Fig. 5. ALD reaction portraits showing the effect of lower coverage: (a) CH3 coverage at half the optimum level; (b) H (or OH) coverage at half the optimum level.

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portraits will simplify the analysis and design of deposition processes.

Acknowledgement We are grateful for funding by the European Community under the ‘‘Information Society Technologies’’ Programme through the HIKE project, available from: .

Fig. 6. ALD reaction portrait showing the effect of incomplete H-transfer (e.g. at low temperature) so that not all Me or H is consumed each cycle. In the example shown here, only half of the available H is allowed to react to yield CH4, compared to the optimum case (Fig. 4).

kinetically-limited ALD may occur at low temperatures, so that C and H impurity levels are highest at deposition temperatures <450 K.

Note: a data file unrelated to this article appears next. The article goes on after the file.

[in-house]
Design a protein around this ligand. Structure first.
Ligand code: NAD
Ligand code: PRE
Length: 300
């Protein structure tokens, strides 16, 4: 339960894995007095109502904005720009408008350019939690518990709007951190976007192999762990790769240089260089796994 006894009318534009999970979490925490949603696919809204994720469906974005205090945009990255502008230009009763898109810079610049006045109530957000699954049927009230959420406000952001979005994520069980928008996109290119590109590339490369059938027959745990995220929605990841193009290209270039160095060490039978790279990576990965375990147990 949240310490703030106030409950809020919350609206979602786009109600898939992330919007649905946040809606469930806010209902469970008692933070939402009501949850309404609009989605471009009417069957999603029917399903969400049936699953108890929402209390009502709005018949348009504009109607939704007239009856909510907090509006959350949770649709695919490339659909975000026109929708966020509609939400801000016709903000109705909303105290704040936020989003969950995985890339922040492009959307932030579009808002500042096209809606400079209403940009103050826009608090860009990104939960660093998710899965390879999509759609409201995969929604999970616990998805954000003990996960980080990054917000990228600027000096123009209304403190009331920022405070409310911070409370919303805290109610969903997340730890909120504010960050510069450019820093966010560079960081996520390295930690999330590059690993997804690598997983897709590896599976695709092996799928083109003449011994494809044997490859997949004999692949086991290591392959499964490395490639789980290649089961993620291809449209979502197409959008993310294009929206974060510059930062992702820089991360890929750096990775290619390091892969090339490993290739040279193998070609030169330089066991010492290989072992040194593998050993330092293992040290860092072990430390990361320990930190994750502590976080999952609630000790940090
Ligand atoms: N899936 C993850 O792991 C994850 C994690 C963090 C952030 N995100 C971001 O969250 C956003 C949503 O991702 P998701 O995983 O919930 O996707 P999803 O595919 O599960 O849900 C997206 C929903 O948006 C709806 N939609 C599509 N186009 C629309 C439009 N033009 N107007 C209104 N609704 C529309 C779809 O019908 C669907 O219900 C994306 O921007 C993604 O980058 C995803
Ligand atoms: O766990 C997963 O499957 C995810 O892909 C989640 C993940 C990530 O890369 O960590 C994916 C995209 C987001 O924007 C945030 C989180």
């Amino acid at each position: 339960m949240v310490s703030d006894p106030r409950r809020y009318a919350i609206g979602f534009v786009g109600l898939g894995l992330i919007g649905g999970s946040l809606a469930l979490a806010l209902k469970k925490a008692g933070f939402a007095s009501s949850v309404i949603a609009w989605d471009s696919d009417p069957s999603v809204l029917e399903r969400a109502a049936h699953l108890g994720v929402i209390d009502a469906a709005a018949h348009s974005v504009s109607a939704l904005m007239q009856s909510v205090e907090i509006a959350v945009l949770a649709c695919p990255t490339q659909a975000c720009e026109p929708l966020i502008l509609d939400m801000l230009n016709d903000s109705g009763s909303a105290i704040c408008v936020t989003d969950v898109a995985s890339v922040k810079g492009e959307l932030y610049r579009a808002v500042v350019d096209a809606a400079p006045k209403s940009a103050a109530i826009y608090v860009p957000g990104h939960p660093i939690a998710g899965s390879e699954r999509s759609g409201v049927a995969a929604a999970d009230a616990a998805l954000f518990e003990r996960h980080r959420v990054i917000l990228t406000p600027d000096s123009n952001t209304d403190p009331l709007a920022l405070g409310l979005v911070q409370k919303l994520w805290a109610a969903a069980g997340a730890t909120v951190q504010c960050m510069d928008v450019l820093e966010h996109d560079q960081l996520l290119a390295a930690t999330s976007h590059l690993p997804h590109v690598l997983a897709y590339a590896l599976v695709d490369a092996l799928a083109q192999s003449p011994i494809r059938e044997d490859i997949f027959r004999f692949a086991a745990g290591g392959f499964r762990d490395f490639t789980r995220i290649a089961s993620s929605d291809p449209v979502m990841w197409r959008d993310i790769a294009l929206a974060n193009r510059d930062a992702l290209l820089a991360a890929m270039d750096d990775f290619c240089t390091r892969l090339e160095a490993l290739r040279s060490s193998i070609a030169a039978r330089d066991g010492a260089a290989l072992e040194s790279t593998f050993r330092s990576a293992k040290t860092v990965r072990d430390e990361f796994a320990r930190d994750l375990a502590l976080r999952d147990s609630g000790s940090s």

4. Conclusion A theoretical model is presented for the atomicscale mechanism of alumina growth by atomic layer deposition from TMA and H2O precursors. First Principles density functional calculations are combined with literature data to determine the likely intermediates during the reaction cycle and their surface concentrations. This mechanistic information allows a quantitative portrait of the reaction to be sketched in the space of the coverage of intermediates. As well as giving an estimate of the maximum theoretical rate, the reaction portrait illustrates the effect of lower CH3 or OH coverage (high temperature) and of lower H mobility (low temperature), both consistent with experiment. As a general rule, the highest growth rate is achieved when as much CH4 is evolved during the TMA pulse as possible. The use of reaction